A media enthusiast, Devyani believes in learning on the job and there is nothing off limits when it comes to work. Writing is her passion and she is always ready for a debate as well.
India will be self-reliant in fertiliser production by 2023-24 as new manufacturing units are being set up across India, with an investment budget of ₹40,000 crore, Fertilisers Minister D V Sadananda Gowda said on Sunday.
The initiative that comes under Atma Nirbhar Bharat programme will help reduce dependency on imports. Currently India imports fertilizers from the United States, Iraq, Saudi Arabia, UAE and so forth.
ದೇಶಕ್ಕೆ ಬೇಕಾದ ರಸಗೊಬ್ಬರದ ಪೈಕಿ ಶೇಕಡಾ 70ರಷ್ಟನ್ನು ದೇಶೀಯವಾಗಿಯೇ ಉತ್ಪಾದಿಸುತ್ತಿದ್ದೇವೆ. ಈ ವಲಯದಲ್ಲಿ ಸಂಪೂರ್ಣ ಸ್ವಾವಲಂಬಿಯಾಗಬೇಕು ಎಂಬುದು ಪ್ರಧಾನಿ @narendramodi ಯವರ ಸಂಕಲ್ಪ. 2023-24ರ ವೇಳೆಗೆ ನಾವು ಈ ಗುರಿ ತಲುಪುತ್ತೇವೆ. ಸ್ಥಗಿತಗೊಂಡಿದ್ದ 4 ಘಟಕಗಳನ್ನು 40 ಸಾವಿರ ಕೋಟಿ ರೂ. ವೆಚ್ಚದಲ್ಲಿ ಪುನಶ್ಚೇತನಗೊಳಿಸಲಾಗುತ್ತಿದೆ. pic.twitter.com/m7wGHAKylt— Sadananda Gowda (@DVSadanandGowda) September 12, 2020
Gowda was addressing a webinar organised by cooperative IFFCO for farmers of Karnataka. He said the government is promoting nano fertilisers as these are 25-30 per cent cheaper and give 18-35 per cent higher yield.
"Using organic and nano-fertilizer instead of fertilizers will reduce the cost of farmers and improve soil health. Prime Minister Shri Narendra Modi has suggested that this manure method should be encouraged more," the statement released read.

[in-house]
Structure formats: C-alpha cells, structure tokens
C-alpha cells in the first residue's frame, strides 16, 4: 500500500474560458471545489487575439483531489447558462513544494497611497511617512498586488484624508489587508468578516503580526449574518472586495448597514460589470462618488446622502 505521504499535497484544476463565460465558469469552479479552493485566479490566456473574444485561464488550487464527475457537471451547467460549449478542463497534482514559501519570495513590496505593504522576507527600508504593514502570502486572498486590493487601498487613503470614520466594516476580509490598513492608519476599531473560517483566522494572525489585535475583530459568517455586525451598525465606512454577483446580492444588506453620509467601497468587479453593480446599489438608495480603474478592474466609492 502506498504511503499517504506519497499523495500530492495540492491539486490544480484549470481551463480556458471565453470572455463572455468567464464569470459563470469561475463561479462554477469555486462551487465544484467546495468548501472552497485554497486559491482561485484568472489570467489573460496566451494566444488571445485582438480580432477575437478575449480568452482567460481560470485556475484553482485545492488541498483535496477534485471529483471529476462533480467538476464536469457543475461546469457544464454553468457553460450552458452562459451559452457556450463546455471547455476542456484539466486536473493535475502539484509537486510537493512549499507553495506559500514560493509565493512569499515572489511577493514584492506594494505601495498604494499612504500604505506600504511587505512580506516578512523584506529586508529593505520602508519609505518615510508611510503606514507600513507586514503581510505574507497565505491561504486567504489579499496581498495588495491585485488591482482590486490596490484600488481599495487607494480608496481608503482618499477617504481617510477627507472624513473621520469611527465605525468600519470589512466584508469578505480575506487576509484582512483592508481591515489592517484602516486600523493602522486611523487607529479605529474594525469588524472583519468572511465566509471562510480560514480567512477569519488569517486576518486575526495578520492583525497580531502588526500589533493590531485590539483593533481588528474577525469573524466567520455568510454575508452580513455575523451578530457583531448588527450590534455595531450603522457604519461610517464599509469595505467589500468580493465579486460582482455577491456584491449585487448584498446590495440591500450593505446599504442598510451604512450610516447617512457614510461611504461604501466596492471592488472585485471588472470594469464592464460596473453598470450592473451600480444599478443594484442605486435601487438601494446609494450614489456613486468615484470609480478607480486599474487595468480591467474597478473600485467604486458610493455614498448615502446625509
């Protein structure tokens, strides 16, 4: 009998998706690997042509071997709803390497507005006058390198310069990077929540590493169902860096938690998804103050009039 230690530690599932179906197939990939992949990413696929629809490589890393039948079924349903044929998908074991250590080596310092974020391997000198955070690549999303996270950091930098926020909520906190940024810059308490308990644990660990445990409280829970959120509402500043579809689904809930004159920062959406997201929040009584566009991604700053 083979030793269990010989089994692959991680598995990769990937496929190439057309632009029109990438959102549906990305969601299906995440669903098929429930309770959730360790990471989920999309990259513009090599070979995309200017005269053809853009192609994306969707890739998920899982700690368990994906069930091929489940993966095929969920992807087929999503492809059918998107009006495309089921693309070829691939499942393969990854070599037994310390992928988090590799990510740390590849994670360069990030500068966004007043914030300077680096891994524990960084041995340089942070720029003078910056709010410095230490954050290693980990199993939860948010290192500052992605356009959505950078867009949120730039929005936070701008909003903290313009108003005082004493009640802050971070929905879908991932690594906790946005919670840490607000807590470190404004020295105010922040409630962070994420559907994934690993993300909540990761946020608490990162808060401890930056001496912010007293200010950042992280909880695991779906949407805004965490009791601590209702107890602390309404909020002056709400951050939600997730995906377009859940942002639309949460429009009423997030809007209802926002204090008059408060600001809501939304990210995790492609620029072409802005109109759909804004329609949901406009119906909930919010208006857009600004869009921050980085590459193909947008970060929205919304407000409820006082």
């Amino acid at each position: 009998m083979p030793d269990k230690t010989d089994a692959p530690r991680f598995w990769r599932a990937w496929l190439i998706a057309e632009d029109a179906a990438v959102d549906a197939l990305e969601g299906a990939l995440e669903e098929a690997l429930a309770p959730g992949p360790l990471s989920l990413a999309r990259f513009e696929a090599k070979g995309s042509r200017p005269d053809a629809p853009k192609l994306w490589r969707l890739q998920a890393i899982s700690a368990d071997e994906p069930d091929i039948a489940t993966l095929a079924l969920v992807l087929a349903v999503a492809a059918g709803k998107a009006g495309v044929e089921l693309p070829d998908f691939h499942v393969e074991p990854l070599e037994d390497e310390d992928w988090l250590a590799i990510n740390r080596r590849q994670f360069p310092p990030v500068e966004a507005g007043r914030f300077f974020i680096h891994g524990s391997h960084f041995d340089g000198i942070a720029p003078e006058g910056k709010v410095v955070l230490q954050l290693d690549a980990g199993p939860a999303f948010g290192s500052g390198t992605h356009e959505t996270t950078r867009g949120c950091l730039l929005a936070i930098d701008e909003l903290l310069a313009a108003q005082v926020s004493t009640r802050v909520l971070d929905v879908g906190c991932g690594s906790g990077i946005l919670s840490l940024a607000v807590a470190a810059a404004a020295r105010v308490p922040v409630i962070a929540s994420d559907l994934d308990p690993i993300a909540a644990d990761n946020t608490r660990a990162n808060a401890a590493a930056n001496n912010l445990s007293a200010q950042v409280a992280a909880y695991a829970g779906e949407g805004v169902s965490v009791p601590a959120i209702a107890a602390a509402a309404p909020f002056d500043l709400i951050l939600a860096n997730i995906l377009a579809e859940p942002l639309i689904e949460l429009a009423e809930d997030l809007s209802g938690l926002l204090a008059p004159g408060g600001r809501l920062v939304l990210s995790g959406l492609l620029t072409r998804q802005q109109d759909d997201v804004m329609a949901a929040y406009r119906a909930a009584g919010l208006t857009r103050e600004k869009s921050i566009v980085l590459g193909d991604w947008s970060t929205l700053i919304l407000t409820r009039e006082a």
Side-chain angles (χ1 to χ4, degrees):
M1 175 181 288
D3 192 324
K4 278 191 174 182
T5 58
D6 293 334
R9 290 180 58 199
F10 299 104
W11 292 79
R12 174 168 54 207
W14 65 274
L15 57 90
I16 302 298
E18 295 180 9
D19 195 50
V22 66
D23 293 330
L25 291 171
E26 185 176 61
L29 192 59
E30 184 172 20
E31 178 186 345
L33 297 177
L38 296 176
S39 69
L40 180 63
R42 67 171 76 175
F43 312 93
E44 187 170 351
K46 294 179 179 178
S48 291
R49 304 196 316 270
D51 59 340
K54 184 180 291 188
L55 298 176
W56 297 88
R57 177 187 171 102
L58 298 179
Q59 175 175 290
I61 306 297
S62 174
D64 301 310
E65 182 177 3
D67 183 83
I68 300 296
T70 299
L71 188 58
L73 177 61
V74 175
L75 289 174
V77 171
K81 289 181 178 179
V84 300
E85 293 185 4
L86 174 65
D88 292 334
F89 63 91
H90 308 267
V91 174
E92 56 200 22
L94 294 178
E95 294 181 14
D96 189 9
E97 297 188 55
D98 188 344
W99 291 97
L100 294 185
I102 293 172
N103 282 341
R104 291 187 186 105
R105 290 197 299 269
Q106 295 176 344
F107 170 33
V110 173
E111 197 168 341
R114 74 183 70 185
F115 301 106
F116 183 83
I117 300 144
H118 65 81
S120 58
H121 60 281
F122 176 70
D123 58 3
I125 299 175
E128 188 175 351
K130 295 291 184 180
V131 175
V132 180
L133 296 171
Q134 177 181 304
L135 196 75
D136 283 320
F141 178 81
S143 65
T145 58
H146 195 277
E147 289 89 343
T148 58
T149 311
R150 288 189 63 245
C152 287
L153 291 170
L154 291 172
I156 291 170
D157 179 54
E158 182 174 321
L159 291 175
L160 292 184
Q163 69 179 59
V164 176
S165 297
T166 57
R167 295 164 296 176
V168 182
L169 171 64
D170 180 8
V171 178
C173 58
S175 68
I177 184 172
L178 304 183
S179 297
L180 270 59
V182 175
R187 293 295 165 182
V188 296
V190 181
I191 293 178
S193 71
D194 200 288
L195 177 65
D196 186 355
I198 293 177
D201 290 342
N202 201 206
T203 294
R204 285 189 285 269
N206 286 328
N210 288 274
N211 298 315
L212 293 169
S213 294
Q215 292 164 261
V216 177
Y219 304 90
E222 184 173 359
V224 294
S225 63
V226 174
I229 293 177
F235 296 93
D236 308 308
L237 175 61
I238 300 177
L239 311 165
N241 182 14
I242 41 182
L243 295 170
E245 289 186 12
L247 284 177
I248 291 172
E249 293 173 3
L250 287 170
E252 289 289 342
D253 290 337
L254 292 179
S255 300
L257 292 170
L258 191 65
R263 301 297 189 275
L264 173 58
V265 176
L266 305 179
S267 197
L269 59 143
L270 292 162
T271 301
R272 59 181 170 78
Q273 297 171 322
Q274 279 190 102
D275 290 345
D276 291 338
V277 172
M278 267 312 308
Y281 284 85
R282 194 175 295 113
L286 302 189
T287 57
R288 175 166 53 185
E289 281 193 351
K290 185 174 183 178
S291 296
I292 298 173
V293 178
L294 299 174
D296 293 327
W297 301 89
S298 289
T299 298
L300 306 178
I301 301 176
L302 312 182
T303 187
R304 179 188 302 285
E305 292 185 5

He also lauded the IFFCO's experiment in nano-fertilisers which has received good feedback from farmers and become a game changer.
IFFCO is also promoting environmentally friendly practices such as 'Sagarka', bio-fertilizers, neem cakes, biopesticides and natural potash consumption to boost the growth of naturally grown sea weeds in line with the Pm's 'priority' for 'locality'.
As the Financial Express reported, presently, the fertiliser production of the country is 42-45 million tonnes, and imports account for 18 million tonnes. To promote indigenous industries, the minister said all fertiliser companies are converting themselves to a gas-based technology.
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